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Sex Offender Classification and Civil Rights

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Feeding and Eating Disorders

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Treatment of Young Sex Offenders

Treatment of sex offenders occurs in various forms and settings: group settings in a correctional environment, individual therapy in the correctional environment, group settings in the outpatient setting, and individual therapy in the outpatient setting. While many sex offenders are mandated to complete treatment, some sex offen

Sexual Offender Types: Child Abusers & Rapists

Sex offenders are some of the most feared and despised offenders in the criminal justice system, yet they are also some of the least understood. Due to the nature of the crimes that sexual offenders commit and the media saturation that can be related to these crimes, American culture has been considerably affected by Megan's Law

Interdisciplinary Team Break Down Issues for Connor Needs

Case Study: Connor You are an ABA professional on a wrap-around team that works with Connor Brown, an 8-year-old boy diagnosed with Autism, Speech Delay, Gross Motor Delay, Mild Mental Retardation, and Sensory Processing Disorder. Connor is currently receiving in home ABA services from you, and you are currently focusing on sel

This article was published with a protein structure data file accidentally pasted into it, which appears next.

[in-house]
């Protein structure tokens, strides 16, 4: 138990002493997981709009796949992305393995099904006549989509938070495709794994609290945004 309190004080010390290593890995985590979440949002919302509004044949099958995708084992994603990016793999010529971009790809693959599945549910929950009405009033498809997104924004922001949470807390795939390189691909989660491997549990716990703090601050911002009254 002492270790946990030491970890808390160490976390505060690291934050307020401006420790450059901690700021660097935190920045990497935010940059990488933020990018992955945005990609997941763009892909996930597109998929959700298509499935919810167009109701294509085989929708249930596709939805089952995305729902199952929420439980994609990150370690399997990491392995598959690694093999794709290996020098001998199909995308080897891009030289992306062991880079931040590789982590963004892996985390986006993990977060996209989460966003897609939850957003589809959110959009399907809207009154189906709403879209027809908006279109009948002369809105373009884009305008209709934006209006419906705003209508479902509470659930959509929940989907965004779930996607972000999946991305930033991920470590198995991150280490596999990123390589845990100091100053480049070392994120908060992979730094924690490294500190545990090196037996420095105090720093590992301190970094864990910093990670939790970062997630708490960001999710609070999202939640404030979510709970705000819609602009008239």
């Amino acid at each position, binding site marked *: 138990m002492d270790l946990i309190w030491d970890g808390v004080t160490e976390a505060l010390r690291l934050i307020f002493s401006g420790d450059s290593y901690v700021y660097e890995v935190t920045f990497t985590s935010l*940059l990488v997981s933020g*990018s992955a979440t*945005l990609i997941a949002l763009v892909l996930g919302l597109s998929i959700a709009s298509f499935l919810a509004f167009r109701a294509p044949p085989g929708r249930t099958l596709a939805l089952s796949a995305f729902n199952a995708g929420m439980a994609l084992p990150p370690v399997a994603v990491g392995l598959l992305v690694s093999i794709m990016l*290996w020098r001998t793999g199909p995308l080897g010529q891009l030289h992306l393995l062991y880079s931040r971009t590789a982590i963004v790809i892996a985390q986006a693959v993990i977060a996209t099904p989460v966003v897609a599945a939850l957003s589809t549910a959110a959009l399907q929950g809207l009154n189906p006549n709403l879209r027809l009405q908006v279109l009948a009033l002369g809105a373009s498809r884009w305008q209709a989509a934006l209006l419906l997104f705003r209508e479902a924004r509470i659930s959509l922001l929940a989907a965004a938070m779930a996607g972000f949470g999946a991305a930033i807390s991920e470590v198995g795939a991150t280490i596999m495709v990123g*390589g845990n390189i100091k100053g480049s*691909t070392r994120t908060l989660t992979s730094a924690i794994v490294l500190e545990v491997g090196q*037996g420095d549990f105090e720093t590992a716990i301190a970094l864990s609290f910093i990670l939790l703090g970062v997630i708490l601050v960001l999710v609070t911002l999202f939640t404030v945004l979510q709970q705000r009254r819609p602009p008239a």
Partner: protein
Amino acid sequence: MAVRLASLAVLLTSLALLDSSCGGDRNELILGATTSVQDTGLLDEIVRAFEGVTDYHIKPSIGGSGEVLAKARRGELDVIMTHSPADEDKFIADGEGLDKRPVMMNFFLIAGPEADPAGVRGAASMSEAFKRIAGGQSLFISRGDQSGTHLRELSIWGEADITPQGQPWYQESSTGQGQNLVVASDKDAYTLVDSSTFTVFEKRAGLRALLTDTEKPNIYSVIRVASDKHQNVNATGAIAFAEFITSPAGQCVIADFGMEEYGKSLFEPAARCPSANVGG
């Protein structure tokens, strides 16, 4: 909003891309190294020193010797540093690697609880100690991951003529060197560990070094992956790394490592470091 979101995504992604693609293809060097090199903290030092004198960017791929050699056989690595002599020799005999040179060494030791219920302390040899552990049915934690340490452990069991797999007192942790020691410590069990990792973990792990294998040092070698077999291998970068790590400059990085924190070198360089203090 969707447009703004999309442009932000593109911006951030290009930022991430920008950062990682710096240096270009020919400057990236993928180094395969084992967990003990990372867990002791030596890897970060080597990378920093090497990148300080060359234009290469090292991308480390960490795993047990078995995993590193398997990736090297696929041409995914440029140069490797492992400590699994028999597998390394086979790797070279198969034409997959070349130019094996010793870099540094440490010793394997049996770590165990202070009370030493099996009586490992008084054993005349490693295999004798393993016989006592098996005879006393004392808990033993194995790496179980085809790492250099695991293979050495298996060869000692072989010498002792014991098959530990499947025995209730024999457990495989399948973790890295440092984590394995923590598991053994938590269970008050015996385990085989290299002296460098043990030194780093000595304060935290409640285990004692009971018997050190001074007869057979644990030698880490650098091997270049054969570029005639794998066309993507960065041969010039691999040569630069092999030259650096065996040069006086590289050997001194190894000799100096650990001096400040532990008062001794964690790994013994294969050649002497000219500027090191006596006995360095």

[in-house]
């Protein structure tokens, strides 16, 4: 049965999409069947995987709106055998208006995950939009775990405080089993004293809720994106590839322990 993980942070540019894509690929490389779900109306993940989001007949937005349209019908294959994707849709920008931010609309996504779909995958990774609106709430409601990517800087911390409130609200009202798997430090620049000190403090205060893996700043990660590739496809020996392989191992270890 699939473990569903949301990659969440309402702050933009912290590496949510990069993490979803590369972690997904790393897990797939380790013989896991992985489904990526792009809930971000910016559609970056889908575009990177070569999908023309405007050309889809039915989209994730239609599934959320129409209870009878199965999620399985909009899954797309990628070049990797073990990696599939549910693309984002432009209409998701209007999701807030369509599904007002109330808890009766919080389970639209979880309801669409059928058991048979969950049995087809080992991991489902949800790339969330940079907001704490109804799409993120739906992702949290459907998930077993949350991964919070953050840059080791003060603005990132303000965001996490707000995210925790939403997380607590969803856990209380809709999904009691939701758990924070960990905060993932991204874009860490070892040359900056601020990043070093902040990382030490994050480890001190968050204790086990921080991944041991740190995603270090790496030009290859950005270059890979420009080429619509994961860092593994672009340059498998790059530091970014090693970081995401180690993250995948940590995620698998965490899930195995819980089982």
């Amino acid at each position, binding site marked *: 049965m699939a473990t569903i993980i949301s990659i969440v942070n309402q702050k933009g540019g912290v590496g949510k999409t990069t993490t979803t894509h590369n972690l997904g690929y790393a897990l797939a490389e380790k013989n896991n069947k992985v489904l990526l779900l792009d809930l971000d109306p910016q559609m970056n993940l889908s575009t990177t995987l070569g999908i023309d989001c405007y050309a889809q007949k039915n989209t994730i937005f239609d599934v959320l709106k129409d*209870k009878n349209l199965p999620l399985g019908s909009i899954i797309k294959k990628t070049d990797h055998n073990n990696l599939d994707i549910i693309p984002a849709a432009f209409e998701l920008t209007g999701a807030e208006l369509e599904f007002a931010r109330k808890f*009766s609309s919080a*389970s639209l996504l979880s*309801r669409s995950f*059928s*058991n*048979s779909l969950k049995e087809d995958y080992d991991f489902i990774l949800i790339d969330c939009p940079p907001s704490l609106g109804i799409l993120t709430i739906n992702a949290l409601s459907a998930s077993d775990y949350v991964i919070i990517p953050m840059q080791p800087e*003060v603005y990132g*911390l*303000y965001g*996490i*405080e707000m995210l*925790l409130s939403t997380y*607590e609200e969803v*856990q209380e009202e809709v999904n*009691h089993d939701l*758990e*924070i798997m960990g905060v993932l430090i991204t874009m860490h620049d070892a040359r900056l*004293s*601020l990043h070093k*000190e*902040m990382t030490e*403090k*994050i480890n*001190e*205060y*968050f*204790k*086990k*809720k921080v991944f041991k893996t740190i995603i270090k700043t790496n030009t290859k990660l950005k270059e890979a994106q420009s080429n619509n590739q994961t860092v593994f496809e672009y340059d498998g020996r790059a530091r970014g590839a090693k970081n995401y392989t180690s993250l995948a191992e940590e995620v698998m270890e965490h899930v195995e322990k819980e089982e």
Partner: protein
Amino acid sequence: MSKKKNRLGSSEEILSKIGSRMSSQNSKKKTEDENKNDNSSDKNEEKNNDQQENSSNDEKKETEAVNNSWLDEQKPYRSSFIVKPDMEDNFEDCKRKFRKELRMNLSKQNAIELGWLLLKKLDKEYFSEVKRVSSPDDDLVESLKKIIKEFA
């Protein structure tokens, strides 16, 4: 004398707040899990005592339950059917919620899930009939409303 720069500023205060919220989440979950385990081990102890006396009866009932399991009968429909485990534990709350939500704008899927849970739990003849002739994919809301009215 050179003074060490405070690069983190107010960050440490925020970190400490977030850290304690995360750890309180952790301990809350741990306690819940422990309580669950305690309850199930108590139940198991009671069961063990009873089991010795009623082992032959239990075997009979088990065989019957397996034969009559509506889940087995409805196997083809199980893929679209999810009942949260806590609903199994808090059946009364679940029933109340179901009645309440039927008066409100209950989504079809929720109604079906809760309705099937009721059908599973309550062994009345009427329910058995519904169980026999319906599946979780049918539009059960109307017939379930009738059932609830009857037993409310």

Research Design for Family Therapists

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Family Therapy Benefits From Research

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Violet Behavior

In your opinion is violent behavior primarily the result of external or internal attributes?

Autonomous Practice and the Professional Team

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Teen ODD Behavioral Issue Strategy

Unit 1: Cultural Competency and Linguistic Diversity - Discussion 2 of 2 500 words Case Study: Sara Sara Smith is a 13-year-old young lady who has been referred to your office by her parents. Sara's family is African-American and they describe themselves as a two income, professional family. • Sara has one younger broth

Cultural Sensitivity in Practice: Self-Assessment

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Anger, Stress, and Aggression in Violent Offenders

Article: Seager, J. A. (2005). Violent men: The importance of impulsivity and cognitive schema. Criminal Justice and Behavior, 32(1), 26-49. Whether clinicians work in an outpatient setting, a community setting, or a correctional setting, they need to consider how the variables of anger, stress, and aggression relate to vio

Violent Offender Treatment in the Field

When violent offenders are referred to treatment, it is imperative that treatment providers recognize treatment process challenges and their impact on the selection of effective treatment strategies and approaches. Recognizing challenges to successful treatment allows providers to adapt their treatment approaches and the desired

Article Review: Drug Addiction & Criminality Treatment Model

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Professional Malpractice Law

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Levels of Measurement and Concepts of Validity

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Treatment Outcome Models in the Field